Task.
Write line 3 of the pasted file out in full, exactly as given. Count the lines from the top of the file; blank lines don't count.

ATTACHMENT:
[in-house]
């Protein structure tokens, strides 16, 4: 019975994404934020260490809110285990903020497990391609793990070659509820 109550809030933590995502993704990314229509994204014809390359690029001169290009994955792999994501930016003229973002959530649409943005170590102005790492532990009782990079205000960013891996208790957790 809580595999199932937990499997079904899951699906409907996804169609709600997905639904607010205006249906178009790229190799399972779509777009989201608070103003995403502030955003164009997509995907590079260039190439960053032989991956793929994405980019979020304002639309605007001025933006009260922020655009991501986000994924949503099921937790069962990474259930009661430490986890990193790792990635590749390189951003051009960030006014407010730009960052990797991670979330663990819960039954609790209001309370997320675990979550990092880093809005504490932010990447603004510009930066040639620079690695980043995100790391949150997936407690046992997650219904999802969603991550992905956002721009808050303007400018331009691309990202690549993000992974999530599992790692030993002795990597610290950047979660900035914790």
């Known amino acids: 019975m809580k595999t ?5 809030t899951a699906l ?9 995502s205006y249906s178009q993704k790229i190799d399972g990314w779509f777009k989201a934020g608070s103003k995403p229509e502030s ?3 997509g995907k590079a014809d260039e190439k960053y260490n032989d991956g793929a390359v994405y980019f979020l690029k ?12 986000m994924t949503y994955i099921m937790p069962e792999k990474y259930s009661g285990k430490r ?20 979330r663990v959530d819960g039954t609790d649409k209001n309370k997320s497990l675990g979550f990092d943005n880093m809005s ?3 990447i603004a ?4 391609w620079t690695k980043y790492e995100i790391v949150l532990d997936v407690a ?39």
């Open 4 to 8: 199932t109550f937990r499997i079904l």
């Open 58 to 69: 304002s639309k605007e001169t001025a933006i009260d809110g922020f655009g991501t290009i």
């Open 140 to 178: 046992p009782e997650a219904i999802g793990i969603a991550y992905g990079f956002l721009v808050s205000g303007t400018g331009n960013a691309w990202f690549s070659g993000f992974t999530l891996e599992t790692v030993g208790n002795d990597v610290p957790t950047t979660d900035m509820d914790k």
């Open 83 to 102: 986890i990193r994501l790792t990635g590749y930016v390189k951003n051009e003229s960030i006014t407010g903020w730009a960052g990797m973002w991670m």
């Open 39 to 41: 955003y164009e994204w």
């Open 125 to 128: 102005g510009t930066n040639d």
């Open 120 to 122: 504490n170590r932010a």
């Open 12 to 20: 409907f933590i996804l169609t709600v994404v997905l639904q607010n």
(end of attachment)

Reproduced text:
């Known amino acids: 019975m809580k595999t ?5 809030t899951a699906l ?9 995502s205006y249906s178009q993704k790229i190799d399972g990314w779509f777009k989201a934020g608070s103003k995403p229509e502030s ?3 997509g995907k590079a014809d260039e190439k960053y260490n032989d991956g793929a390359v994405y980019f979020l690029k ?12 986000m994924t949503y994955i099921m937790p069962e792999k990474y259930s009661g285990k430490r ?20 979330r663990v959530d819960g039954t609790d649409k209001n309370k997320s497990l675990g979550f990092d943005n880093m809005s ?3 990447i603004a ?4 391609w620079t690695k980043y790492e995100i790391v949150l532990d997936v407690a ?39």